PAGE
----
Worry and confusion. That's what some military families are feeling after finding out the military is cutting tuition assistance for service members.
The Air Force announced Tuesday it's no longer accepting applications for tuition assistance for the active duty. The tuition assistance programs pay as much as $4,500 per year for active duty personnel.
The Army, Marine Corps, and Coast Guard suspended their tuition assistance last week. Tuition assistance that's already been approved won't go away, but future applications will not be accepted, leaving military personnel scrambling to figure out how to pay for classes for summer and fall semesters.
The Air Force says it's all because of the $85 billion in federal spending cuts that went into effect March 1.
"We make the ultimate sacrifice for people's freedom," said Angelia Gray, a Fort Bragg Army veteran and Mount Olive resident. "A lot of people don't understand or appreciate it, but this tuition assistance was one way how much of showing how much they appreciate their service, and to cut it, I think it's horrible."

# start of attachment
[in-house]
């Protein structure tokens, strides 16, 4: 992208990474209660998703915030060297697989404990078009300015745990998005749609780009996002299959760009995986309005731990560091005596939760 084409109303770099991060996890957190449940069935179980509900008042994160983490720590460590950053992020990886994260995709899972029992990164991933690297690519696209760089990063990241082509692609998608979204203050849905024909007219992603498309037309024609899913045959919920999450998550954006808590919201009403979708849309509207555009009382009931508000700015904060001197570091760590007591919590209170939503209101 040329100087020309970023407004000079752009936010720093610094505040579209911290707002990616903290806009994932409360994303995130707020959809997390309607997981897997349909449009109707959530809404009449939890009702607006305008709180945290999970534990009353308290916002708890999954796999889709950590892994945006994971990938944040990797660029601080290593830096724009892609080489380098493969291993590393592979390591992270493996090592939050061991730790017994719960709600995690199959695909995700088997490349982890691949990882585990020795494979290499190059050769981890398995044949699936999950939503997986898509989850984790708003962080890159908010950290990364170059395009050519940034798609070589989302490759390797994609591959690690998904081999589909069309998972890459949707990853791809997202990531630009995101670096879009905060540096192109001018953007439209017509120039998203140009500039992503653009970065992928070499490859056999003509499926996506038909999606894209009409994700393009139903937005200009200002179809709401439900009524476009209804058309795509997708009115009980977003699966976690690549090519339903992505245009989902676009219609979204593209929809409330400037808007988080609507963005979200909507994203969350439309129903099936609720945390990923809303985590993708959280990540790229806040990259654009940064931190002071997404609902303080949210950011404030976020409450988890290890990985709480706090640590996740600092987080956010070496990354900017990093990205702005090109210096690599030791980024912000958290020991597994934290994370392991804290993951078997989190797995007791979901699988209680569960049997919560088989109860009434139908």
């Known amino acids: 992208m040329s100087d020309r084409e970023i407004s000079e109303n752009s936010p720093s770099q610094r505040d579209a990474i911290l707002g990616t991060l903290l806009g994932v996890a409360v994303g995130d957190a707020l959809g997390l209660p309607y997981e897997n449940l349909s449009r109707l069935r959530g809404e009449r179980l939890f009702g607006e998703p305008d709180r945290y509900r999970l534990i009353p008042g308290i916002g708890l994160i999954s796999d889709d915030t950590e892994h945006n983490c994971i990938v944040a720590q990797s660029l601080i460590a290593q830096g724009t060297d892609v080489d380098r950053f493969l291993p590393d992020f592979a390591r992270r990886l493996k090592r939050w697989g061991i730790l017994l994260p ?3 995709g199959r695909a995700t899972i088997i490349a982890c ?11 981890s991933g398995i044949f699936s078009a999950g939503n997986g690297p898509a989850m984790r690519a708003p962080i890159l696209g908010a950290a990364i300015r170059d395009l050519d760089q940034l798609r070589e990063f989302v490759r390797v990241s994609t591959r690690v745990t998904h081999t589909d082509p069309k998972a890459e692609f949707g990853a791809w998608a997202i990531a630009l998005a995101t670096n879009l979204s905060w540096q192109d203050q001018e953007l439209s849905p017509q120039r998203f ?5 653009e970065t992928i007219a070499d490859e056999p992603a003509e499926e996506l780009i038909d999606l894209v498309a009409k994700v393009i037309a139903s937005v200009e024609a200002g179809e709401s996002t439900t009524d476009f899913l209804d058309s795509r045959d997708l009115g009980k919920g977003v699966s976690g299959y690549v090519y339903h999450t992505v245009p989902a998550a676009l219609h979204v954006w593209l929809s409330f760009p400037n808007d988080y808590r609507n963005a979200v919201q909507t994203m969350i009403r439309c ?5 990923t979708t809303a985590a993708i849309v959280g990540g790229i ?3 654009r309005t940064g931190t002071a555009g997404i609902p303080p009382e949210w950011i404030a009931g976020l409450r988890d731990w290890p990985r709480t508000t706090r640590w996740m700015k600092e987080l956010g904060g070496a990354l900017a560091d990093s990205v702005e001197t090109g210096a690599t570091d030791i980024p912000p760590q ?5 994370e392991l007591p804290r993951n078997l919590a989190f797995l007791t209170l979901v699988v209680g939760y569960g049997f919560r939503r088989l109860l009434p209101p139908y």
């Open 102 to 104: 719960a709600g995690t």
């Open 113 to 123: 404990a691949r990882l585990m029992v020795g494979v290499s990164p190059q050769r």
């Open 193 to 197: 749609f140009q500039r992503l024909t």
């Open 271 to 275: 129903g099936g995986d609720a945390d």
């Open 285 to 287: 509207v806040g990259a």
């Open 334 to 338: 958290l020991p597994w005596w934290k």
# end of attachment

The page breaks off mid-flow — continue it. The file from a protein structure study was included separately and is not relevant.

9 On Your Side spoke to the wife of an active duty airman at Seymour Johnson Air Force Base, Shellah Tropel, who says her husband depends on tuition assistance for his nursing degree at Wayne Community College.
"He's been using it for straight three semesters already. Knowing that he just started and now they put it on halt, so we don't know what to do," said Tropel.
The Air Force says the GI bill, which provides tuition assistance for veterans, will not be affected.
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